The Nature of the Mind: Where is the Free Will?

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Webwanderer
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Re: The Nature of the Mind: Where is the Free Will?

Post by Webwanderer » Mon Nov 07, 2011 11:07 pm

arel wrote:
runstrails wrote:Free will implies a 'doer' and predestination suggests a 'future'. Both are concepts really.
Yes, I agree, only concepts. So I would say there is a doer. The only thing that that doer does is it awares. It does nothing else. Now I'm not sure that by that doing everything else is not done. Seems to me like it is. :)
When it comes down to it, everything is a concept. There are no words ever expressed on this forum that was not, and is not, a concept. It's a large part of how we communicate. The doer is the creator of concepts for the consideration of other doers. I do not suggest the doers are inherently separate.

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Re: The Nature of the Mind: Where is the Free Will?

Post by snowheight » Mon Nov 07, 2011 11:25 pm

Webwanderer wrote: When it comes down to it, everything is a concept. There are no words ever expressed on this forum that was not, and is not, a concept. It's a large part of how we communicate.
WW,

Thanks for saying that -- I'll express no disagreement ... I'd like to add though, that some concepts can point to the non-conceptual.

From there, I'd like to speak from experience and express what is perhaps an opinion: whether or not a particular concept is a pointer or not can often depend on the specific perspective and is not even static within the perspective.
Stop talking. Hear every sound as background. Look straight ahead and focus. Take one deep breath. This is you. This is Now.

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Re: The Nature of the Mind: Where is the Free Will?

Post by Webwanderer » Tue Nov 08, 2011 12:33 am

snowheight wrote:Thanks for saying that -- I'll express no disagreement ... I'd like to add though, that some concepts can point to the non-conceptual.
Indeed they can Snow. In fact most of them purport to do so. In a sense, most all of the concepts intended to point point somewhere in consciousness, whether it be to a truth or an imagining. It is incumbent upon the explorer to decide what adds value and clarity, no matter what the source, to their perspective of life.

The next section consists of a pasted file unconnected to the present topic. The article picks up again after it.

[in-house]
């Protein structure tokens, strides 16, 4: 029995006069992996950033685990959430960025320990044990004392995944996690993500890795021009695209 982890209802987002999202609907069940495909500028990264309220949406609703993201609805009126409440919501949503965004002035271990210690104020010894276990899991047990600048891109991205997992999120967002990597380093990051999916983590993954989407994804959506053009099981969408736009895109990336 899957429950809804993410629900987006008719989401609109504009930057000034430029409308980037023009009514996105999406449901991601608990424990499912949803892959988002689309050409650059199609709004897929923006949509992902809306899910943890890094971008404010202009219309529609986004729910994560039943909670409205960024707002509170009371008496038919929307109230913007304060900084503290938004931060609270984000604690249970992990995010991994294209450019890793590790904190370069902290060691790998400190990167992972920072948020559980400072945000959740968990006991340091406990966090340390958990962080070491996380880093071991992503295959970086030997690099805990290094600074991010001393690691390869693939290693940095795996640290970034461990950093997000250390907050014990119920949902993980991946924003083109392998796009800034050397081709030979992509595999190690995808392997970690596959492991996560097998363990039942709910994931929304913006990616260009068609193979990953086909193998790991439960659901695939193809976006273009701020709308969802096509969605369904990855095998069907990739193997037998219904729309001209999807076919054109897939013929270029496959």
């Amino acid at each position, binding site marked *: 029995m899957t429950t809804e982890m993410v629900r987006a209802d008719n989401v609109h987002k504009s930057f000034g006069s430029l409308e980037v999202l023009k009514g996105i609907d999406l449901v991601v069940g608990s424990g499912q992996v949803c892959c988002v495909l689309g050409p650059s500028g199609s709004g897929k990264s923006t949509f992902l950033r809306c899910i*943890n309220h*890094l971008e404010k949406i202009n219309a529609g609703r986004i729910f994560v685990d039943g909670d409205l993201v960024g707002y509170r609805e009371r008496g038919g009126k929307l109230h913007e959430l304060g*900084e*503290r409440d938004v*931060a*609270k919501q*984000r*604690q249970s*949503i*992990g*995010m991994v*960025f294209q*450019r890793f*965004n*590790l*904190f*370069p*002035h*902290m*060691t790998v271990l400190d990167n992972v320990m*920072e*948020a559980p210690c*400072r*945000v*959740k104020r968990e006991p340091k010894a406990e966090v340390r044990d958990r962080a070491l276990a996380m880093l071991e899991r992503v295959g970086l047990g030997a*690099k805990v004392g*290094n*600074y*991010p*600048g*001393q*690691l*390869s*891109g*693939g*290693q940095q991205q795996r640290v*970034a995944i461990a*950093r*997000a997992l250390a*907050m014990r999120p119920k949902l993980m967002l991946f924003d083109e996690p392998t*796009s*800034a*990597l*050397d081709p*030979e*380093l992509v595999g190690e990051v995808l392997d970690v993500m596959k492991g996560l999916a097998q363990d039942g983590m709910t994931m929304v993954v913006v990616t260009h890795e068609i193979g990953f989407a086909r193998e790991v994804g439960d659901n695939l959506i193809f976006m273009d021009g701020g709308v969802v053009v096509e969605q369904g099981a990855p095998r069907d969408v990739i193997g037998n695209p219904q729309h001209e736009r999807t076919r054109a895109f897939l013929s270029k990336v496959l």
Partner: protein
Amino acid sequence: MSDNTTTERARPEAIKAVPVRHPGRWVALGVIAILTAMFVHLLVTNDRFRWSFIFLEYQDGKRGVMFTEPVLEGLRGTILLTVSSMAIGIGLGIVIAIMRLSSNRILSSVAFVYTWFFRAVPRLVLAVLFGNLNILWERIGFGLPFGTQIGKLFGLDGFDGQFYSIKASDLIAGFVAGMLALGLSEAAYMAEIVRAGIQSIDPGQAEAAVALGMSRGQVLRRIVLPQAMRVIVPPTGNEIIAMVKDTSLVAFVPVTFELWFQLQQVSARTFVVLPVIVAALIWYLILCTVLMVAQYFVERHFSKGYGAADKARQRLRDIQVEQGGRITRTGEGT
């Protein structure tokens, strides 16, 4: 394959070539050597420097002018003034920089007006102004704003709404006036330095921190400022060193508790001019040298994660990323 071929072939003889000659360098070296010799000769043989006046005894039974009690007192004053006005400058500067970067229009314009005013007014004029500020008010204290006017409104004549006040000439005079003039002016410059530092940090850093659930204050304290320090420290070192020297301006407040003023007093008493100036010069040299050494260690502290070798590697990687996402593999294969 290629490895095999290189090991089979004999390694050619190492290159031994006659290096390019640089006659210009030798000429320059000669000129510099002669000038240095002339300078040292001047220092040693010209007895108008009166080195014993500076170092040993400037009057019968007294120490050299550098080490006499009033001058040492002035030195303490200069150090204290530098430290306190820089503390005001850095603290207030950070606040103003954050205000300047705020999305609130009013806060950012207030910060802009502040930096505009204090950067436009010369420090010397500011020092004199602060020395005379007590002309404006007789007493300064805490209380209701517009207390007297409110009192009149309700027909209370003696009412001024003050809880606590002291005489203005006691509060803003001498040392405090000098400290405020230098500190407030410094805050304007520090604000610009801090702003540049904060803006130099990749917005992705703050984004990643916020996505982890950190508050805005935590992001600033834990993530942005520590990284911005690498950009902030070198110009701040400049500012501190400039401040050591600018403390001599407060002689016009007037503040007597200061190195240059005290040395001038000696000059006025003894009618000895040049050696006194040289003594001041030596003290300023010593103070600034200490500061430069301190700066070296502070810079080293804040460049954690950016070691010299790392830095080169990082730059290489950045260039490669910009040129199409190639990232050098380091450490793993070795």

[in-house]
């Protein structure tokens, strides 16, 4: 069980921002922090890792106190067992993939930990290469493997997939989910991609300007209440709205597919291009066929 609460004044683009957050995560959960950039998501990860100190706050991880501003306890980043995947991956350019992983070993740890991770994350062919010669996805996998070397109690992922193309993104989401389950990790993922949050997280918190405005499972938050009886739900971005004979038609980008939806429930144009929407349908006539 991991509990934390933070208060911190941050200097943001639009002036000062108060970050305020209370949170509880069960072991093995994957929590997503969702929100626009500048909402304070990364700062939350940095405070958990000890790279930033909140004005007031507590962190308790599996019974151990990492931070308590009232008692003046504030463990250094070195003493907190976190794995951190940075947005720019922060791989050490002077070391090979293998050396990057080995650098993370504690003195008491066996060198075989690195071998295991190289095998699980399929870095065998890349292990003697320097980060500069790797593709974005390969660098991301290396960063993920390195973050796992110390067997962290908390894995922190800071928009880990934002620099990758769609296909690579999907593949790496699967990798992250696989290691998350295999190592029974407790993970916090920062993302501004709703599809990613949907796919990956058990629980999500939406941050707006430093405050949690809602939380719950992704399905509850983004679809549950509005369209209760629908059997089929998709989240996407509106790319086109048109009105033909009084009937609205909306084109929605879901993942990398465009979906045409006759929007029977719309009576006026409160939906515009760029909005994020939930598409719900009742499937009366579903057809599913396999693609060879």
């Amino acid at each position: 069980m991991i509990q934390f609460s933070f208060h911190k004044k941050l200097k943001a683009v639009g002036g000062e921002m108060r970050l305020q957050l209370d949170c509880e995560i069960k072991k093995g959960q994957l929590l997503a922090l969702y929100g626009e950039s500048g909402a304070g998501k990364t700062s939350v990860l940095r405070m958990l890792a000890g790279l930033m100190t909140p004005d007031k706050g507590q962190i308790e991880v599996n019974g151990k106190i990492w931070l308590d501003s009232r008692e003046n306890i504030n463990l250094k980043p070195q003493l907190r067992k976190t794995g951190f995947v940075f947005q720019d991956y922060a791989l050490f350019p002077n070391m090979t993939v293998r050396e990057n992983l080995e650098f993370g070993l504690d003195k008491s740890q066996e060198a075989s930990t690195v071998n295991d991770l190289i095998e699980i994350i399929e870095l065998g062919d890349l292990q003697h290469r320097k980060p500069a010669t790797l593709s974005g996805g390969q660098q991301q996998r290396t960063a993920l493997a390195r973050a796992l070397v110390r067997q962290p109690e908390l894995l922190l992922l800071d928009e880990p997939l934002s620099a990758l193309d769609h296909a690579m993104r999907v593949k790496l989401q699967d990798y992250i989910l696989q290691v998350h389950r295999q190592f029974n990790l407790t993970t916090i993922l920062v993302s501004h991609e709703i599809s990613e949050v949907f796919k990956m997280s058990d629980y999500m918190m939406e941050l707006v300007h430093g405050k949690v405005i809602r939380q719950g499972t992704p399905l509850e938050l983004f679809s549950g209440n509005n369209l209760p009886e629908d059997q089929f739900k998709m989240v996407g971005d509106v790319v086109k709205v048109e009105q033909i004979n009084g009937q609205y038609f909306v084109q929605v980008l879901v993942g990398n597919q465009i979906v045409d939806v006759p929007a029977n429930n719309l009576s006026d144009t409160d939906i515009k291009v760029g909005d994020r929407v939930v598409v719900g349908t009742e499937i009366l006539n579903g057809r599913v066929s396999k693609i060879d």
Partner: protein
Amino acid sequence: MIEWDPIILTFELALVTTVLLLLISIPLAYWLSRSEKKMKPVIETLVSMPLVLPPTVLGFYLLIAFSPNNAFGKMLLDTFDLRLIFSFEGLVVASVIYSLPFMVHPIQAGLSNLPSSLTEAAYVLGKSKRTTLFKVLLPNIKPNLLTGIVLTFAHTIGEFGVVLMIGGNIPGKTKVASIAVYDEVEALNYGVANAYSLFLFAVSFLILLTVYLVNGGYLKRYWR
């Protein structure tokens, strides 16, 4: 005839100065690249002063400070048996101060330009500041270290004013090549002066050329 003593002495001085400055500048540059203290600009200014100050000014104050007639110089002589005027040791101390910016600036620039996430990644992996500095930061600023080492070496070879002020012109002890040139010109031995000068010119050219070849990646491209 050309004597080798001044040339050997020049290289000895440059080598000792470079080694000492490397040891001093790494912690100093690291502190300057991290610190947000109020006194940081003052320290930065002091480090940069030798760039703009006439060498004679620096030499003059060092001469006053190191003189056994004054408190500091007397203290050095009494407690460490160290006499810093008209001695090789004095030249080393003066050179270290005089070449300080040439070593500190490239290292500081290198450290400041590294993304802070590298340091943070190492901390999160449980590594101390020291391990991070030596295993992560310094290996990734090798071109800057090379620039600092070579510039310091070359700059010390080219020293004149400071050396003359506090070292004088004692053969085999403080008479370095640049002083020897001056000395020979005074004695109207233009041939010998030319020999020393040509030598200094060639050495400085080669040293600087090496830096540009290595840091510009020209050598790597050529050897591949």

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Re: The Nature of the Mind: Where is the Free Will?

Post by Sighclone » Wed Nov 09, 2011 6:48 am

It is only when words and the mind arrive that there are concepts. Getting punched hard in the face is an experience, not a concept. So is an orgasm. The experience of awakening is non-mental, as is just its first stage which Rupert Spira refers to as "recognition." "A spiritual experience" is just that, an experience, not a concept.

Andy
A person is not a thing or a process, but an opening through which the universe manifests. - Martin Heidegger
There is not past, no future; everything flows in an eternal present. - James Joyce

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Re: The Nature of the Mind: Where is the Free Will?

Post by snowheight » Wed Nov 09, 2011 9:27 am

Sighclone wrote:Getting punched hard in the face is an experience, not a concept. So is an orgasm.
:shock: :D

You see now right there! Right there! ... that's a conceptual truth that will find no argument from this mind ... no argument no contradiction ... no contradiction no possibility of paradox ... to this mind that is a pointer.
Stop talking. Hear every sound as background. Look straight ahead and focus. Take one deep breath. This is you. This is Now.

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Re: The Nature of the Mind: Where is the Free Will?

Post by ashley72 » Sun Apr 01, 2012 6:25 am

We have to believe in free-will, we have no choice. :) :(

... and BTW, Half the lies they tell about me are true!

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